Article by Vassilis Hatzopoulos, Provost of Undergraduate Studies, ELGS
About 90% of the things we see around us from mobiles to cars, from our household crystals to computers; practically everything is manufactured based on regulations, specifications, safety standards coming from the European Union.
and, data protection, the protection of the environment and biodiversity, the control of migration flows, to state just a few, are all regulated from at the EU level. Furthermore small countries such as Greece, Belgium etc are in a position to participate in meaningful free trade agreements with the US, Canada, China and the like only because the EU puts behind them both its economic weight and its negotiation skills. There is definitely a reason behind the fact that an important country with an imperial past and a robust public administration, such as the United Kingdom, faces tremendous difficulties in leaving the EU. The mission of the European Law & Governance School (ELGS) is precisely to spread the knowledge about the significance of the EU to the world.
The EU generates obligations but also provides opportunities. It is the objective of ELGS to offer the necessary knowledge and understanding behind the decisions made in the EU, the regulations adopted, the programs and funding available. It is important to understand how to implement the rules, but also how and whether one can change, override or adapt them. This requires educating professionals with a solid knowledge of EU law and governance, who can react in a globalized environment. The ELGS offers the broad knowledge needed as opposed to stereotyping, and misinterpretations.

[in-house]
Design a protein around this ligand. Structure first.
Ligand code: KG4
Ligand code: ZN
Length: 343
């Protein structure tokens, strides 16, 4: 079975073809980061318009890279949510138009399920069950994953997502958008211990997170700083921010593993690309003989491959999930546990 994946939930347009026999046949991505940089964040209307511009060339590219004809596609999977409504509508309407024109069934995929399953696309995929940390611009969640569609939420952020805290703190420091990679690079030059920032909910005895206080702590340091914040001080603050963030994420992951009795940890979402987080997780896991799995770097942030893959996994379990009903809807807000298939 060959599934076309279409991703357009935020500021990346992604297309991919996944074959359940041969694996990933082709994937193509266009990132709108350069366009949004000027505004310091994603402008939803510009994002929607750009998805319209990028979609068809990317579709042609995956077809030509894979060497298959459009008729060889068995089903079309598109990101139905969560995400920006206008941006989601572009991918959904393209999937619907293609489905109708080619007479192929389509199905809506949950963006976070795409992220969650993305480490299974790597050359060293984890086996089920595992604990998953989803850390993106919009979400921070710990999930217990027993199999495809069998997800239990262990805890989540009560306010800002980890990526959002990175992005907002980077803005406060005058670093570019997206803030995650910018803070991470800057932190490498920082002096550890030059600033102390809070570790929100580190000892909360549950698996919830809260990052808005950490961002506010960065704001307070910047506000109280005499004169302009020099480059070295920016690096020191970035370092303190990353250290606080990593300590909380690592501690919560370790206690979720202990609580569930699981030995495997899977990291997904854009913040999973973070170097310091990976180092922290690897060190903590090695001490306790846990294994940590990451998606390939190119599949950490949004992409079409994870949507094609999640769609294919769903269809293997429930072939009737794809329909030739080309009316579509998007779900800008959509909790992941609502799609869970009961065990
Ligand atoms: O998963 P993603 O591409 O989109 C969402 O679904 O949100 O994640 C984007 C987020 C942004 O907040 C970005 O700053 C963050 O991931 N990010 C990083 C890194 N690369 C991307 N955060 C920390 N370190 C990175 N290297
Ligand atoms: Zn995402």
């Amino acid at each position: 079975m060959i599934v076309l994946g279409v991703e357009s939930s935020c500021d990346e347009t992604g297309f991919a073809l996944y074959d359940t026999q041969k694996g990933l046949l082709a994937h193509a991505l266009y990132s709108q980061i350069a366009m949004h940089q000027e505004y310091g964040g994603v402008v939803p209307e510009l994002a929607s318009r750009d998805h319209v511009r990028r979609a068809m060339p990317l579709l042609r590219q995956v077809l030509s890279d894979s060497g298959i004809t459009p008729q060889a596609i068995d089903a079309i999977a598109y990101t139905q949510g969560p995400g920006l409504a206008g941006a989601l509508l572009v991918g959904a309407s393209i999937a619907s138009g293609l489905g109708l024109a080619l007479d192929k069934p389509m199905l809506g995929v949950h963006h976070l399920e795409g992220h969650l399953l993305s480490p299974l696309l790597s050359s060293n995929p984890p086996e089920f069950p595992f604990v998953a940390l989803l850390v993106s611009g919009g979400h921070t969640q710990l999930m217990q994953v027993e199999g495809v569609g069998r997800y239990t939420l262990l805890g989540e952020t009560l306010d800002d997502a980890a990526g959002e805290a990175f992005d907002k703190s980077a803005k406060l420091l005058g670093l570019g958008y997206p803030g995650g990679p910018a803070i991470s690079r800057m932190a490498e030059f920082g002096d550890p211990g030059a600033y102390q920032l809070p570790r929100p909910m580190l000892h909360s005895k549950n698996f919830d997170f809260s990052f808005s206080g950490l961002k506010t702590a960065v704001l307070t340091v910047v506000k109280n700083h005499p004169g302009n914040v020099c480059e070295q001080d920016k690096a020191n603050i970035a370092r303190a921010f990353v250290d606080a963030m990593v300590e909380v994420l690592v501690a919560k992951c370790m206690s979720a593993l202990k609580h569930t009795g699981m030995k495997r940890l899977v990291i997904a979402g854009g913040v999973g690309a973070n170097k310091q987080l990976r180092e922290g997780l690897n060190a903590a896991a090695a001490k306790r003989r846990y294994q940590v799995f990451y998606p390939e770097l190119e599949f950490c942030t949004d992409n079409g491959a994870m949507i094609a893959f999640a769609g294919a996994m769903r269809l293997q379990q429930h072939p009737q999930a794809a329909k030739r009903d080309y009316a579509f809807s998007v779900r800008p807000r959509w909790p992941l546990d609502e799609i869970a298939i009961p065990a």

Europe-related careers are not restricted to a handful of jobs related to the core EU Institutions based in Brussels, Strasbourg and Luxembourg. There is a plentiful of EU Agencies all around Europe, while most national ministries, municipalities and even major undertakings, do have “European” departments. In every economic sector – such as the ones mentioned above – the use of EU rules, standards and procedures is ubiquitous while, at the same time, lobbying the EU Institutions is an increasingly important process. Most NGOs do work with the EU, research centers and Universities compete for its funding, while major investment initiatives, especially in the area of biotechnology and artificial intelligence, are sponsored by it. Therefore, European careers exist both in the public and the private sector, at the EU Headquarters, in the national capitals and elsewhere. One need to understand how the EU operates and what the opportunities are, in order to be able to effectively operate in this transnational environment. This is the task of the ELGS.
Author: Vassilis Hatzopoulos, Professor of EU Law and Policies, ELGS, Panteion University, Athens, Greece. Visiting Professor at the College of Europe, Bruges, Belgium. Honorary Asst Professor at the University of Nottingham, UK. Barrister, of the Athens Bar.